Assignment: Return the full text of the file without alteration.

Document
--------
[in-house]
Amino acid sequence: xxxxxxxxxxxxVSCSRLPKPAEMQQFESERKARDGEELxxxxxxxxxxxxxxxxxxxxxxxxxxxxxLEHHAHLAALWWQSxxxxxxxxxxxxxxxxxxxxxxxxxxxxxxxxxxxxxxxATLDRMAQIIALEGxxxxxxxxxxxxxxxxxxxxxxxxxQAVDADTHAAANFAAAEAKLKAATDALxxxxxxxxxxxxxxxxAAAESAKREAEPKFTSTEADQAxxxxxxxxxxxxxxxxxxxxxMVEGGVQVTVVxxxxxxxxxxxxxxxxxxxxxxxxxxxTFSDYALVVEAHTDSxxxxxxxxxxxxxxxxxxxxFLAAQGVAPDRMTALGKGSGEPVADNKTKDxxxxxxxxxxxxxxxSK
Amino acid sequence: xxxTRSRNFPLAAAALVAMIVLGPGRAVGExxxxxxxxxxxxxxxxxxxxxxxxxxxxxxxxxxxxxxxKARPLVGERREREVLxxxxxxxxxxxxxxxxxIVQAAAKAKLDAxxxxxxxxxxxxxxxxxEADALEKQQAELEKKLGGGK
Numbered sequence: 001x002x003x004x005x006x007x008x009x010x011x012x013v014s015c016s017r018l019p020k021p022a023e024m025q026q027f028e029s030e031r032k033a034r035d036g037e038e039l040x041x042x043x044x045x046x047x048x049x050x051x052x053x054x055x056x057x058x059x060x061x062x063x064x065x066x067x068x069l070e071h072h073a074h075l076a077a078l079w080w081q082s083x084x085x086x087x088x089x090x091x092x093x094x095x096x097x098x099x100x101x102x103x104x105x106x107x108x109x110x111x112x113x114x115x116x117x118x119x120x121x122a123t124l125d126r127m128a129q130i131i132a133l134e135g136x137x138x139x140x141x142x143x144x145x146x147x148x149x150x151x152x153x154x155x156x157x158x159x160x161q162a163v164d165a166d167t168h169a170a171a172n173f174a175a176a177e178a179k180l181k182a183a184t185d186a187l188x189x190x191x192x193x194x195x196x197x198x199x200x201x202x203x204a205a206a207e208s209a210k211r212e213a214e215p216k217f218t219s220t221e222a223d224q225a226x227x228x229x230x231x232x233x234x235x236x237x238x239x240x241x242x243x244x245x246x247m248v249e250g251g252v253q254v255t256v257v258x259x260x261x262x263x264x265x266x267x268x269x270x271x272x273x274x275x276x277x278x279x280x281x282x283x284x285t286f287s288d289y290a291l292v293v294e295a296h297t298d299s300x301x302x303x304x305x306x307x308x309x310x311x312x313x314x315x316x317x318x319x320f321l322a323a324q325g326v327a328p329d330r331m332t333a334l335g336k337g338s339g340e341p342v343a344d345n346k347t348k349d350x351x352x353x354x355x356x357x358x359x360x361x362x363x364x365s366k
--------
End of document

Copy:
[in-house]
Amino acid sequence: xxxxxxxxxxxxVSCSRLPKPAEMQQFESERKARDGEELxxxxxxxxxxxxxxxxxxxxxxxxxxxxxLEHHAHLAALWWQSxxxxxxxxxxxxxxxxxxxxxxxxxxxxxxxxxxxxxxxATLDRMAQIIALEGxxxxxxxxxxxxxxxxxxxxxxxxxQAVDADTHAAANFAAAEAKLKAATDALxxxxxxxxxxxxxxxxAAAESAKREAEPKFTSTEADQAxxxxxxxxxxxxxxxxxxxxxMVEGGVQVTVVxxxxxxxxxxxxxxxxxxxxxxxxxxxTFSDYALVVEAHTDSxxxxxxxxxxxxxxxxxxxxFLAAQGVAPDRMTALGKGSGEPVADNKTKDxxxxxxxxxxxxxxxSK
Amino acid sequence: xxxTRSRNFPLAAAALVAMIVLGPGRAVGExxxxxxxxxxxxxxxxxxxxxxxxxxxxxxxxxxxxxxxKARPLVGERREREVLxxxxxxxxxxxxxxxxxIVQAAAKAKLDAxxxxxxxxxxxxxxxxxEADALEKQQAELEKKLGGGK
Numbered sequence: 001x002x003x004x005x006x007x008x009x010x011x012x013v014s015c016s017r018l019p020k021p022a023e024m025q026q027f028e029s030e031r032k033a034r035d036g037e038e039l040x041x042x043x044x045x046x047x048x049x050x051x052x053x054x055x056x057x058x059x060x061x062x063x064x065x066x067x068x069l070e071h072h073a074h075l076a077a078l079w080w081q082s083x084x085x086x087x088x089x090x091x092x093x094x095x096x097x098x099x100x101x102x103x104x105x106x107x108x109x110x111x112x113x114x115x116x117x118x119x120x121x122a123t124l125d126r127m128a129q130i131i132a133l134e135g136x137x138x139x140x141x142x143x144x145x146x147x148x149x150x151x152x153x154x155x156x157x158x159x160x161q162a163v164d165a166d167t168h169a170a171a172n173f174a175a176a177e178a179k180l181k182a183a184t185d186a187l188x189x190x191x192x193x194x195x196x197x198x199x200x201x202x203x204a205a206a207e208s209a210k211r212e213a214e215p216k217f218t219s220t221e222a223d224q225a226x227x228x229x230x231x232x233x234x235x236x237x238x239x240x241x242x243x244x245x246x247m248v249e250g251g252v253q254v255t256v257v258x259x260x261x262x263x264x265x266x267x268x269x270x271x272x273x274x275x276x277x278x279x280x281x282x283x284x285t286f287s288d289y290a291l292v293v294e295a296h297t298d299s300x301x302x303x304x305x306x307x308x309x310x311x312x313x314x315x316x317x318x319x320f321l322a323a324q325g326v327a328p329d330r331m332t333a334l335g336k337g338s339g340e341p342v343a344d345n346k347t348k349d350x351x352x353x354x355x356x357x358x359x360x361x362x363x364x365s366k